The Answer Is Clear
I read your recent article "20/20 in the Classroom" [Idea, Fall] and realized that the research was not 20/20. I have discussed this issue many times during my 39 years as a public school teacher.
The issue is not a total lack of vision care—most poor families have access to such care through schools, clinics, Medicaid, and other social welfare programs. The problem is that students don't wear their glasses. I have contacted hundreds of parents about their children's vision. They have all said that glasses were purchased or given to them, but the child repeatedly lost them (probably on purpose), refused to take them to school, or would not consistently wear them. Children, especially those who already have low self-confidence, often don't wear glasses because others bully them, and our society does not present glasses as fashionable or cool.
The answer? Schools need to require that students wear their glasses at school. Schools mandate certain attire, behavior, and vaccinations. Why can't they do the same for glasses so that students can learn at their best? Up-to-date vision test results could be part of students' records for teachers to use. Students could be suspended if they don't wear their needed glasses (school nurses can see if contacts are being worn), just as they are suspended for not having necessary vaccines. Parents would then have support for getting their kids to wear glasses or contacts in the classroom.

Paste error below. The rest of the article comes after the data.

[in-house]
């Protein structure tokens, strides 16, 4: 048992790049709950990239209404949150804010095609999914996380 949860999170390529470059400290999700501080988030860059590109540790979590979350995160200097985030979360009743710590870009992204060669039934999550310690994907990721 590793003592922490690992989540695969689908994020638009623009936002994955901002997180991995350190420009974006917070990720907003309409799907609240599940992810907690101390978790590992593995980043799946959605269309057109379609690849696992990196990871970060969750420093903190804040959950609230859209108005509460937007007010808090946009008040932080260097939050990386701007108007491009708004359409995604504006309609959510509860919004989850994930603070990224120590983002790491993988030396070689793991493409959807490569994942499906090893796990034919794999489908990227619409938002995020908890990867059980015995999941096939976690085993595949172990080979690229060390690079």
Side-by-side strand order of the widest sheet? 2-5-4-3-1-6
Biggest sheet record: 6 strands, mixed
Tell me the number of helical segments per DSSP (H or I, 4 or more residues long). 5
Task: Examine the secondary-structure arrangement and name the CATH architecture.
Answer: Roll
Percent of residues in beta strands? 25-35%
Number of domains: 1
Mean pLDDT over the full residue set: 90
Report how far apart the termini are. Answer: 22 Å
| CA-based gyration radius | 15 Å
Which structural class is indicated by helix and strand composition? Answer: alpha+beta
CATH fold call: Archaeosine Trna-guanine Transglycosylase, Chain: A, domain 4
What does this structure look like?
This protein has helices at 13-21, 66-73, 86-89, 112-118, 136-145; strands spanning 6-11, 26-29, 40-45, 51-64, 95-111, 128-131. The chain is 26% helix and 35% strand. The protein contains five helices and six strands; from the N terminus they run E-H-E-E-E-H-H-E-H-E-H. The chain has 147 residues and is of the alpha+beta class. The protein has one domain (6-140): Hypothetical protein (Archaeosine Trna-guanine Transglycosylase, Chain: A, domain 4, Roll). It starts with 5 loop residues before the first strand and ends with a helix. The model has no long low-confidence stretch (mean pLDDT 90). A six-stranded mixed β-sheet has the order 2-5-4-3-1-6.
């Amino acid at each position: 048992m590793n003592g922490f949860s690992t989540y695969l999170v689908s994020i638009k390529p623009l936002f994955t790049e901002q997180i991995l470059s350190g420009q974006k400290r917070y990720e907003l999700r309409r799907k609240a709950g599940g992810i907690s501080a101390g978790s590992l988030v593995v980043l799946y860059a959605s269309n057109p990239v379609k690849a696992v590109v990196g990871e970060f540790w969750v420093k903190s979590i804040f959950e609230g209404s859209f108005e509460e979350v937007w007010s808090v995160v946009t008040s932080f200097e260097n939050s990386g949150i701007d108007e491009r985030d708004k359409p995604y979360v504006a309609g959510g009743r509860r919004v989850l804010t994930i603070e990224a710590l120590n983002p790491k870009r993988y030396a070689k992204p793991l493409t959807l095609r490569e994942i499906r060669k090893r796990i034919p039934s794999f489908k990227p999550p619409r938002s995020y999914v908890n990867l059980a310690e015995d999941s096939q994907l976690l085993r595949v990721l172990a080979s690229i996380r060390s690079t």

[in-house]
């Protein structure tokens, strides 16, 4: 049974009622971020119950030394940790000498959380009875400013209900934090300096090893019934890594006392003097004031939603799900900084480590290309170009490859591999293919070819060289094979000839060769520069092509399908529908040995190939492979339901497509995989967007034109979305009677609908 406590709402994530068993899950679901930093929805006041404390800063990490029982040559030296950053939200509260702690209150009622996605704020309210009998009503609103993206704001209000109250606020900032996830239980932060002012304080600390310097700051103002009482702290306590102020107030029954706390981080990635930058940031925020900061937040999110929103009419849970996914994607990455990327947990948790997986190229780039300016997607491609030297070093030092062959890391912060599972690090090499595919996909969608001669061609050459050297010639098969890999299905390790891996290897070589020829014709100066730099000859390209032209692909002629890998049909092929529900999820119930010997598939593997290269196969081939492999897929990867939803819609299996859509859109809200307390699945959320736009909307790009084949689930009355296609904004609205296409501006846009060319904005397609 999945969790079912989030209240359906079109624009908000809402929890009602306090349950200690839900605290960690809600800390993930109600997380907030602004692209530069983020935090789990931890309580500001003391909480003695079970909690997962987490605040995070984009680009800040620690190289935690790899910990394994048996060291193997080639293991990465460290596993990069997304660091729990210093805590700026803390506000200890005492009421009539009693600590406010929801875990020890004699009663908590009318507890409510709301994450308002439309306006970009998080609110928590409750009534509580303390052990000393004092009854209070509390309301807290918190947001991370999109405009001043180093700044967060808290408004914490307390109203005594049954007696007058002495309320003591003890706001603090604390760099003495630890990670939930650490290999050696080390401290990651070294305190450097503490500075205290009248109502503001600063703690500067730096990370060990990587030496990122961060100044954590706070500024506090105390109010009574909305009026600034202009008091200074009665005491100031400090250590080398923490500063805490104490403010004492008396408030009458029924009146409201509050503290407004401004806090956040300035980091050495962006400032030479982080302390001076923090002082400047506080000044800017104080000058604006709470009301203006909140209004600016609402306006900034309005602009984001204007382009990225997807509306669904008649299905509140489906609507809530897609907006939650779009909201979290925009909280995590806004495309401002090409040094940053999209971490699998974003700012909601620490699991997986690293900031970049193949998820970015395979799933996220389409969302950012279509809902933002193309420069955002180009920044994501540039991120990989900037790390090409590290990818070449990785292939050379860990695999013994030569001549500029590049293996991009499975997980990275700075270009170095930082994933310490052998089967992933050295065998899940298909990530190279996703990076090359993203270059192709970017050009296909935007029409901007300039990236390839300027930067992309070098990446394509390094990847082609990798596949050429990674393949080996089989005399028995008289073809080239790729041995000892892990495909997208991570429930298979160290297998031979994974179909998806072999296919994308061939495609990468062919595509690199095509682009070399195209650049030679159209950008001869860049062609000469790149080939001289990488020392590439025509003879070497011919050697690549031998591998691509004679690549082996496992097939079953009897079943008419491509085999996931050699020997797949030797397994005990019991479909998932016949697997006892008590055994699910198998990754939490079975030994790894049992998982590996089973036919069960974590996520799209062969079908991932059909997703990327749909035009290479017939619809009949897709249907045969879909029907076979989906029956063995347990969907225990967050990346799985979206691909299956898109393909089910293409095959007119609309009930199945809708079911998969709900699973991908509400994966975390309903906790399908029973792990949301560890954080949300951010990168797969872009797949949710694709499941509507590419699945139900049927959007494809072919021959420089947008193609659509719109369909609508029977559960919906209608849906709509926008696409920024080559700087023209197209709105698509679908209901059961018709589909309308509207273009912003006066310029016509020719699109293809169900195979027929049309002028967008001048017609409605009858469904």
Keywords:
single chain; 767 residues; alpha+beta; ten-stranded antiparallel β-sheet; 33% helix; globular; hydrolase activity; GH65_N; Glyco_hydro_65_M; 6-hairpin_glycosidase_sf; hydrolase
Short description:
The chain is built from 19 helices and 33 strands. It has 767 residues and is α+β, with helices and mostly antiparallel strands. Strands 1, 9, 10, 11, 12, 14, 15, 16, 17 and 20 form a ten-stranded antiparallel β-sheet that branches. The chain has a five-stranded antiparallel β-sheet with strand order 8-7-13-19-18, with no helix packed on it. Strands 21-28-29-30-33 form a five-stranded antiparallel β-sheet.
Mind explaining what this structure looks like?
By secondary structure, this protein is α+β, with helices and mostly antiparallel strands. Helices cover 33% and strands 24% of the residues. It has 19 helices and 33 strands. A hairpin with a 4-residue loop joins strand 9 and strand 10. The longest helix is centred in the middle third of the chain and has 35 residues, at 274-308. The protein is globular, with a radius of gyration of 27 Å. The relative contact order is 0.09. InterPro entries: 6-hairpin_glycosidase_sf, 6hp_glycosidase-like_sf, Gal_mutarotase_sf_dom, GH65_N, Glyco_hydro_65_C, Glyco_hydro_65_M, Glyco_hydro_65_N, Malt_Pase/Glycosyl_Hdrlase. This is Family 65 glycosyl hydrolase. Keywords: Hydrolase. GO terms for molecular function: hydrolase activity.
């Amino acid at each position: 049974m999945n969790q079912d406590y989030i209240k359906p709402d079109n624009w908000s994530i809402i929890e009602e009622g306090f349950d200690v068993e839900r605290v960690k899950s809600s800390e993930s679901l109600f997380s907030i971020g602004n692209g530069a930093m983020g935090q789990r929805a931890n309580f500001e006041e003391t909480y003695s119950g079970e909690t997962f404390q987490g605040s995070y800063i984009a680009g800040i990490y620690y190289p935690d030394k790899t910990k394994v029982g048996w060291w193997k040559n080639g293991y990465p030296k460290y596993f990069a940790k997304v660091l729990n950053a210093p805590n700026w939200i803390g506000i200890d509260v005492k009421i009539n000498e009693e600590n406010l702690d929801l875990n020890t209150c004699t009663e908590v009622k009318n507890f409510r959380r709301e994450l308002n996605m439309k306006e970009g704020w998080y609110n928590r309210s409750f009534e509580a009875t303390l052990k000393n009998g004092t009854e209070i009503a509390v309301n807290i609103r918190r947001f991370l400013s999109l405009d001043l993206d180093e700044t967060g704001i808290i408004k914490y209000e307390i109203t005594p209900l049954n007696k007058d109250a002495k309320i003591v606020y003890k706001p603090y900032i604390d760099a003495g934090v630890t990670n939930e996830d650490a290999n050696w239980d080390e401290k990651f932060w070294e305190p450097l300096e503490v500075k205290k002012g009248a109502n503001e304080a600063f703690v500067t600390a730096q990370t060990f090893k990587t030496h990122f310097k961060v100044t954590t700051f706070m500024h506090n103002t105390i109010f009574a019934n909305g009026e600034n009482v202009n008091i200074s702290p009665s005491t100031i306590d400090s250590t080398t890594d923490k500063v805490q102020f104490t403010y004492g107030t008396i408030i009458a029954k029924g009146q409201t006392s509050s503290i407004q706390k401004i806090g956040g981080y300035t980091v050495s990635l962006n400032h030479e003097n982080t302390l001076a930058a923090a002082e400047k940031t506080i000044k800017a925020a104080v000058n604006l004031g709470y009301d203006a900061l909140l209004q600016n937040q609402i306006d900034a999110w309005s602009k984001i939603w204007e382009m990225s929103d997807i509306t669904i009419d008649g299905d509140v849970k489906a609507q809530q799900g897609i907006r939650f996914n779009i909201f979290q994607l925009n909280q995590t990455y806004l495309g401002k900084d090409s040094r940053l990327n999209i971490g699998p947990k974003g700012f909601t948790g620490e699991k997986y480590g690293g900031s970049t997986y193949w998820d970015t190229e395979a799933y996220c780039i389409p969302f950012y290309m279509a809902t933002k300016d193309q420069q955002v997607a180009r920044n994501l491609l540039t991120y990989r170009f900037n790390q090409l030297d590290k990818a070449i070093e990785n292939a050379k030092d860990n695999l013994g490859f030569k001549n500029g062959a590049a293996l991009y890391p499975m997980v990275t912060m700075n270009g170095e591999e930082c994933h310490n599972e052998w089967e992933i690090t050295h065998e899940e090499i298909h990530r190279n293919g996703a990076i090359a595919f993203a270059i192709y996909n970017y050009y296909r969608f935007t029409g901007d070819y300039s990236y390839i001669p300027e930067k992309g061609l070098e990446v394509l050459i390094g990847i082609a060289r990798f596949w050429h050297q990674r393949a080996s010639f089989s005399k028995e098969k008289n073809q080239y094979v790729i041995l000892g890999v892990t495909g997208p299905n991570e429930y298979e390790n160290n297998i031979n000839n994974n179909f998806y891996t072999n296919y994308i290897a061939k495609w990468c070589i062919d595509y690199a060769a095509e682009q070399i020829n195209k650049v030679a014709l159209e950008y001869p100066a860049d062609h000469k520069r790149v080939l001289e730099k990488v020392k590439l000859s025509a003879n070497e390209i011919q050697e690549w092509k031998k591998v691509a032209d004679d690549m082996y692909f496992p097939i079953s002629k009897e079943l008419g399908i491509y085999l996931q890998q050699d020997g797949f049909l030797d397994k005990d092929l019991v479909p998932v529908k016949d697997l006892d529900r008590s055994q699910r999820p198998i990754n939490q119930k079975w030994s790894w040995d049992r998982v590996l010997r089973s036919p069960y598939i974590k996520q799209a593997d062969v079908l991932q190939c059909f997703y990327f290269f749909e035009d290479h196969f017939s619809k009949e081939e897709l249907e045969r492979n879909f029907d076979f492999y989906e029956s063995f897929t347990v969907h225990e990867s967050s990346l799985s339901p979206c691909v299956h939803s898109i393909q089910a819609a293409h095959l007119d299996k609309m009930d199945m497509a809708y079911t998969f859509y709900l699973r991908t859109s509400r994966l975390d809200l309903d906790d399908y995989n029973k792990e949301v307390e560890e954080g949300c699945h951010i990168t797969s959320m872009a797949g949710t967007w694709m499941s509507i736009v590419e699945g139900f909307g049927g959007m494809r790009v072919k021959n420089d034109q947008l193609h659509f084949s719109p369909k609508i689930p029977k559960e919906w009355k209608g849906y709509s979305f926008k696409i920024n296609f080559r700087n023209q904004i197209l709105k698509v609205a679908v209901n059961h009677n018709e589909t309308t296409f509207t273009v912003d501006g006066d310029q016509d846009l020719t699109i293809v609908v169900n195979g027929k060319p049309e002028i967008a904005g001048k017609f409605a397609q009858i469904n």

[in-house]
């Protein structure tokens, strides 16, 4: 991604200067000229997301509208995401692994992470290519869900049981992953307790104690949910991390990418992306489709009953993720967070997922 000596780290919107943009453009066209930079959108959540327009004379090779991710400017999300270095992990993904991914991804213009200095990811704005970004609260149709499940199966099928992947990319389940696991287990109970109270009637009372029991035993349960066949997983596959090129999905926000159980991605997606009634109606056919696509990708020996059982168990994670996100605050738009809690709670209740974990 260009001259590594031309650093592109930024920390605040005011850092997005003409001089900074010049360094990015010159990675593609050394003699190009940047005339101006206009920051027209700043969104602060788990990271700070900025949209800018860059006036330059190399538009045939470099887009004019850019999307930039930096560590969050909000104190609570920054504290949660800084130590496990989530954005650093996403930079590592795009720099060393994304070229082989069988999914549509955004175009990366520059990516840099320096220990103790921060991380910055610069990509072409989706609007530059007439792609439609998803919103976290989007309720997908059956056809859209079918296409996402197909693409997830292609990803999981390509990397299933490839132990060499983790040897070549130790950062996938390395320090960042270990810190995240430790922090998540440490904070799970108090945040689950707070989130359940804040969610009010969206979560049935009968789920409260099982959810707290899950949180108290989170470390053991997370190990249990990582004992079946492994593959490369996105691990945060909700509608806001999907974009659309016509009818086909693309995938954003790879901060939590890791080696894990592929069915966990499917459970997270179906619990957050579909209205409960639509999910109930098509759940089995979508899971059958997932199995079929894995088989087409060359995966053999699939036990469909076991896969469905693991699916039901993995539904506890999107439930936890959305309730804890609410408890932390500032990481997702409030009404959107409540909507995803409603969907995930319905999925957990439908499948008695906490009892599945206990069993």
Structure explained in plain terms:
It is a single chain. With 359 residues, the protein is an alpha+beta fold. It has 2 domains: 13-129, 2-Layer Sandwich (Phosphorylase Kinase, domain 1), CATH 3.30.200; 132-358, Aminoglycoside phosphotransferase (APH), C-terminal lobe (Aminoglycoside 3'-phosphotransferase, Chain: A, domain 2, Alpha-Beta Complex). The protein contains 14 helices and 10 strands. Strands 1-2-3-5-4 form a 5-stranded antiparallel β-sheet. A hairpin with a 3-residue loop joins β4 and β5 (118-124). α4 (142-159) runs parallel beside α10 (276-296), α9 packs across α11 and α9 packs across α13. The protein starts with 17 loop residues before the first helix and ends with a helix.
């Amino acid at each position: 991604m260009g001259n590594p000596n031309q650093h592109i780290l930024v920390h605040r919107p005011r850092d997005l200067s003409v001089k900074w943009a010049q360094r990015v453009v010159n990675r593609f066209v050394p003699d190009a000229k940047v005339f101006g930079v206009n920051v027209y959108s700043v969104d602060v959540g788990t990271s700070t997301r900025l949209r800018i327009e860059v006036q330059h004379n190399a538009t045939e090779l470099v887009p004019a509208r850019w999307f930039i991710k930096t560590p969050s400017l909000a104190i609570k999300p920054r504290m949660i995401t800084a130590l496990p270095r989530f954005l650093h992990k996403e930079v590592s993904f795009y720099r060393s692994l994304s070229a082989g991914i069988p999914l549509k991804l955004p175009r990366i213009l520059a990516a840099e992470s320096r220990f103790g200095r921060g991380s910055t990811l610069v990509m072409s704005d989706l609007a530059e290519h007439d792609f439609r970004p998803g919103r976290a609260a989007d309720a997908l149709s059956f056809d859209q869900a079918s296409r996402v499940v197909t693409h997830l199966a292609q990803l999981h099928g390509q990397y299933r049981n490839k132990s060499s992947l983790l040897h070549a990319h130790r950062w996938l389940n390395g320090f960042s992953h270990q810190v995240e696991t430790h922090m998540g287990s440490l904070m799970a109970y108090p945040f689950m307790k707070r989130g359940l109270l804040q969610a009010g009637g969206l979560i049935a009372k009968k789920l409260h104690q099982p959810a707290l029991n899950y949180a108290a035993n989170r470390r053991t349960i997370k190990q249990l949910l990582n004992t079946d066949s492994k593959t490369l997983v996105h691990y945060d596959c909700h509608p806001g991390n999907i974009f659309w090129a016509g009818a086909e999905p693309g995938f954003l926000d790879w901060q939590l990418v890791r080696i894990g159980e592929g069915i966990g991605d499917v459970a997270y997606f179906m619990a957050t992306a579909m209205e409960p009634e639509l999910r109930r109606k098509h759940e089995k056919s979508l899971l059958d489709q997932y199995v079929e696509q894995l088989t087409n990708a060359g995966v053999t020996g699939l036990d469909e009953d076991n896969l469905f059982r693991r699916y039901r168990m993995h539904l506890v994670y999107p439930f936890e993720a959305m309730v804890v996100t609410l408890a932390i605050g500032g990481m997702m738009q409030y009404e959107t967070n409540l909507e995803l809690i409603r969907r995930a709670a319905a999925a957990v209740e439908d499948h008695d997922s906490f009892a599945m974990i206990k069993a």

Shirley Little, Ed '76 (MEd)
Cost/Benefit of Care
Greg Rienzi's perceptive review, "A Global Rx" [Forefront, Fall], of Randall M. Packard's excellent 2016 tome, A History of Global Health, cites two initiatives discussed by Packard "that global health might want to emulate." The first is Paul Farmer's Partners in Health; the second is Raj and Mabelle Arole's Comprehensive Rural Health Project in Jamkhed, India. Rienzi implies that one reason they might deserve emulation is their sustainability, though, according to Packard, "Partners in Health is perhaps not a model that is applicable everywhere because it requires a lot of resources."